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Cost-Volume-Profit Relationships Chapter 6

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© The McGraw-Hill Companies, Inc., 2000 Irwin/McGraw-Hill The Basics of Cost-Volume-Profit (CVP) Analysis Contribution Margin (CM) is the amount remaining from sales revenue after variable expenses have been deducted.

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© The McGraw-Hill Companies, Inc., 2000 Irwin/McGraw-Hill The Basics of Cost-Volume-Profit (CVP) Analysis CM goes to cover fixed expenses.

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© The McGraw-Hill Companies, Inc., 2000 Irwin/McGraw-Hill The Basics of Cost-Volume-Profit (CVP) Analysis After covering fixed costs, any remaining CM contributes to income.

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© The McGraw-Hill Companies, Inc., 2000 Irwin/McGraw-Hill The Contribution Approach For each additional unit Wind sells, $200 more in contribution margin will help to cover fixed expenses and profit.

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© The McGraw-Hill Companies, Inc., 2000 Irwin/McGraw-Hill The Contribution Approach Each month Wind must generate at least $80,000 in total CM to break even.

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© The McGraw-Hill Companies, Inc., 2000 Irwin/McGraw-Hill The Contribution Approach If Wind sells 400 units in a month, it will be operating at the break-even point.

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© The McGraw-Hill Companies, Inc., 2000 Irwin/McGraw-Hill The Contribution Approach If Wind sells one additional unit (401 bikes), net income will increase by $200.

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© The McGraw-Hill Companies, Inc., 2000 Irwin/McGraw-Hill The Contribution Approach The break-even point can be defined either as: ÊThe point where total sales revenue equals total expenses (variable and fixed). ËThe point where total contribution margin equals total fixed expenses.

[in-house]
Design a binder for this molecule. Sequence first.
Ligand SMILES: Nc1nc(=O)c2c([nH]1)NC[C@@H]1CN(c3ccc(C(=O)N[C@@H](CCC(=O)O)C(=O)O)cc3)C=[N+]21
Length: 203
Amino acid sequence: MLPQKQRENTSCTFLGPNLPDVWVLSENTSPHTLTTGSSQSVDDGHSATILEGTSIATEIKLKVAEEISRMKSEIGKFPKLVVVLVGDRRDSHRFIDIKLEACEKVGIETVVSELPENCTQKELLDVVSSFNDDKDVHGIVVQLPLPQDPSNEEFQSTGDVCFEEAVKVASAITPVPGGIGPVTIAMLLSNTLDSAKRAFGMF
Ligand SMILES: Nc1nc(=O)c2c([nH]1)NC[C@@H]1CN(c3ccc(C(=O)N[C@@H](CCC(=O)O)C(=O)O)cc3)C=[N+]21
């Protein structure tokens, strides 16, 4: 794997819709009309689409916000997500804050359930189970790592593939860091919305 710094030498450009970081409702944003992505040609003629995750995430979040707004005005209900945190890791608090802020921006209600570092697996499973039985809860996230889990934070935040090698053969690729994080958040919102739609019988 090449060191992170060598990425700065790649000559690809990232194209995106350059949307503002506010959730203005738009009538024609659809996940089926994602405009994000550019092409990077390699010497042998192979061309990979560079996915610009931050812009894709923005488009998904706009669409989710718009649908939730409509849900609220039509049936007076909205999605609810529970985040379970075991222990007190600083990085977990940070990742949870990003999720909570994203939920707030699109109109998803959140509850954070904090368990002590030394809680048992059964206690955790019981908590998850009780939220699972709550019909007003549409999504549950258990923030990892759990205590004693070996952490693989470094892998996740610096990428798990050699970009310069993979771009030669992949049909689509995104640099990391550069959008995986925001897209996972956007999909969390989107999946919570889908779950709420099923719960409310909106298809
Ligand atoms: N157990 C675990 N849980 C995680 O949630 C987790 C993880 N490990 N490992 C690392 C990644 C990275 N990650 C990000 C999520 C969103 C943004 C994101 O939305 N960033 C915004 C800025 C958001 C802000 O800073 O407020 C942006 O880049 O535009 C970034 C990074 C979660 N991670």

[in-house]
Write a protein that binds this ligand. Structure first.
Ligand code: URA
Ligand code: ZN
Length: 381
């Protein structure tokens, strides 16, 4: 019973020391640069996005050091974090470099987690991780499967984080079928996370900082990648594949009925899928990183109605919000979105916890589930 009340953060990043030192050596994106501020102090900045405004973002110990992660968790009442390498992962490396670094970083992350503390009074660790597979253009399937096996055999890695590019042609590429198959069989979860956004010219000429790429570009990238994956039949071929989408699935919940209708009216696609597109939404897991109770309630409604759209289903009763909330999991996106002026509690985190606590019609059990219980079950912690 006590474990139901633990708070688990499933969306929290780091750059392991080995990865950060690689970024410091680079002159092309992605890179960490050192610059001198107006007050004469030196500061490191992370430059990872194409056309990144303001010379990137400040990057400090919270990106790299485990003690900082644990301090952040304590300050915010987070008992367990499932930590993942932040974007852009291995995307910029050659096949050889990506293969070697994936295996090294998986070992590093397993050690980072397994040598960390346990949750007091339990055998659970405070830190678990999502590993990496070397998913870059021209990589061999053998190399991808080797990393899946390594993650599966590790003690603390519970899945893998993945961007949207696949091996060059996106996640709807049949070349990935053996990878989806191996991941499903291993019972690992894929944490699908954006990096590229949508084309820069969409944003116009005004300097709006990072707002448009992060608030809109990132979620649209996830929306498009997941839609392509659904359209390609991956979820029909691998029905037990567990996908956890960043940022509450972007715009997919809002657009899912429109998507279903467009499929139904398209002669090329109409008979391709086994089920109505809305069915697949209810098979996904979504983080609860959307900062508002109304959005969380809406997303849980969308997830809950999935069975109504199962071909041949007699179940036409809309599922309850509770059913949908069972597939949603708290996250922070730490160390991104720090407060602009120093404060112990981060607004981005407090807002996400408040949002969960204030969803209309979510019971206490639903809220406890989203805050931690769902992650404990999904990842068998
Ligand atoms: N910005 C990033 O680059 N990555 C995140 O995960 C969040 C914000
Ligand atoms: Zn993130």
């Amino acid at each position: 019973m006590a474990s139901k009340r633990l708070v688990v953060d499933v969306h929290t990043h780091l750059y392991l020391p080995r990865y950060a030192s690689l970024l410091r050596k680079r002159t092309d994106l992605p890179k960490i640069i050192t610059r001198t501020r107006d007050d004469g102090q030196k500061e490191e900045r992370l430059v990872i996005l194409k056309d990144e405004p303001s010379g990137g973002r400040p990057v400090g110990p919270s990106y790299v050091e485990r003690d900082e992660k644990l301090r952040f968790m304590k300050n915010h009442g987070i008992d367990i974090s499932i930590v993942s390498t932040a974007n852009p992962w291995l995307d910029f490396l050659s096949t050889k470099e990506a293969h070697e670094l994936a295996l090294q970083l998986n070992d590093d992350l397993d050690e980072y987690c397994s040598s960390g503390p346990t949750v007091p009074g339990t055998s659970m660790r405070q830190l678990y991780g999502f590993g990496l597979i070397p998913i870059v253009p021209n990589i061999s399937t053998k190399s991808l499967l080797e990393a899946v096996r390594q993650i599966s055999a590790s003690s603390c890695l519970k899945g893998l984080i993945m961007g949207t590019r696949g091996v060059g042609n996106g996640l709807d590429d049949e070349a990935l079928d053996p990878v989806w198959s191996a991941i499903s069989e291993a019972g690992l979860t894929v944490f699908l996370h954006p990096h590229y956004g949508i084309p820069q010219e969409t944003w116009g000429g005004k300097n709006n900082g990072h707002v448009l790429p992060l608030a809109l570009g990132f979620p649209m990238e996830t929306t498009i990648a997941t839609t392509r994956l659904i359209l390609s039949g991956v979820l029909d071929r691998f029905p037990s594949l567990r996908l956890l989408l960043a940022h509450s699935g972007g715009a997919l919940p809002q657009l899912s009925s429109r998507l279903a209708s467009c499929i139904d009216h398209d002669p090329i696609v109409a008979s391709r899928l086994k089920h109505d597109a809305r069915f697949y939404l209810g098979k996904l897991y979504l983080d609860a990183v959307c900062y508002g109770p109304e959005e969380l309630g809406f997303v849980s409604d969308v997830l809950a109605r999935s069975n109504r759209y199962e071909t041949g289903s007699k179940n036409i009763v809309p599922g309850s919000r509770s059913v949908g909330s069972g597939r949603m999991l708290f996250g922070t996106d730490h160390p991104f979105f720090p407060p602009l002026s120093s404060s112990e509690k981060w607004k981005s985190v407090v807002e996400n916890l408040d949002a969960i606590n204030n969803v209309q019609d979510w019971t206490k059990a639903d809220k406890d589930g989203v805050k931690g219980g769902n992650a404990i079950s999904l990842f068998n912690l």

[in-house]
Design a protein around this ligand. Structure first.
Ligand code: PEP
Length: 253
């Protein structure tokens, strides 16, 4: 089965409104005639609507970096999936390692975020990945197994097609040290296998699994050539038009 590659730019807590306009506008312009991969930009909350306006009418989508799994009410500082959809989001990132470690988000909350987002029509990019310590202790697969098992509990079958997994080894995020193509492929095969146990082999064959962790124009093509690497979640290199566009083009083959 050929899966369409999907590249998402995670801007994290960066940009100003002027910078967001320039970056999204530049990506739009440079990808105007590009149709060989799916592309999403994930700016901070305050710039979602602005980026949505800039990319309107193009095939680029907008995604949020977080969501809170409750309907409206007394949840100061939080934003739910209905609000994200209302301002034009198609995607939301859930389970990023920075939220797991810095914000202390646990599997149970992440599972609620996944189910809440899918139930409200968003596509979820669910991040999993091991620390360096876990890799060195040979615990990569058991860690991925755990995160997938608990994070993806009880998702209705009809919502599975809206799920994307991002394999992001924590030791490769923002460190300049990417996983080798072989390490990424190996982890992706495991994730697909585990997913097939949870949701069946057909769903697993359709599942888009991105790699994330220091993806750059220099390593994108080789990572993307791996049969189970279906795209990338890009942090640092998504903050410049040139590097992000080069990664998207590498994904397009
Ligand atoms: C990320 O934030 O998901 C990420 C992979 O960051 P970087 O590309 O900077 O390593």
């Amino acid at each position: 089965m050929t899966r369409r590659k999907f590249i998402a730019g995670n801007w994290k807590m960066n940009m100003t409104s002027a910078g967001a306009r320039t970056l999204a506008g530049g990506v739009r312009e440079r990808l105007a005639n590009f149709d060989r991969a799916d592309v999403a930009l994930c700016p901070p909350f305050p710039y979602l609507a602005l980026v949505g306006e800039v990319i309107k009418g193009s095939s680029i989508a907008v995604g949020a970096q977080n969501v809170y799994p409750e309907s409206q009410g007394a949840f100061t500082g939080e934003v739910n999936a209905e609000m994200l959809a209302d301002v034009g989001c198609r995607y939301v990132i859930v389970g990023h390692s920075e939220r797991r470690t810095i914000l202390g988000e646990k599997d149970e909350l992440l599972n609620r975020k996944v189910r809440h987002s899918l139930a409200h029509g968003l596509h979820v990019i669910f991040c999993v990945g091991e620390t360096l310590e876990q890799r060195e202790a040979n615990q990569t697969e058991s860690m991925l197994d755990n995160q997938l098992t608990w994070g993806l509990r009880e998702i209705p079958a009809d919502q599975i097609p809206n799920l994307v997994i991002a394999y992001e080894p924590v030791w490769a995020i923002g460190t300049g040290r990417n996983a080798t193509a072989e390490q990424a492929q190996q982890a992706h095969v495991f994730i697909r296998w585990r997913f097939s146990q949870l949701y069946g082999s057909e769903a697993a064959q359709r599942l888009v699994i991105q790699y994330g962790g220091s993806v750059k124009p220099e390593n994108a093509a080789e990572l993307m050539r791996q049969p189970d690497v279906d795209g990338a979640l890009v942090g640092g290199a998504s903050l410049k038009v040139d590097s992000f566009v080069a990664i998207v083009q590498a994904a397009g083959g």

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© The McGraw-Hill Companies, Inc., 2000 Irwin/McGraw-Hill Break-Even Analysis Break-even analysis can be approached in two ways: Equation method Contribution margin method.

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© The McGraw-Hill Companies, Inc., 2000 Irwin/McGraw-Hill Equation Method Profits = Sales – (Variable expenses + Fixed expenses) Sales = Variable expenses + Fixed expenses + Profits OR At the break-even point profits equal zero.

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© The McGraw-Hill Companies, Inc., 2000 Irwin/McGraw-Hill Equation Method Here is the information from Wind Bicycle Co.:

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© The McGraw-Hill Companies, Inc., 2000 Irwin/McGraw-Hill Equation Method We calculate the break-even point as follows: Sales = Variable expenses + Fixed expenses + Profits $500Q = $300Q + $80,000 + $0 Where: Q = Number of bikes sold $500 = Unit sales price $300 = Unit variable expenses $80,000 = Total fixed expenses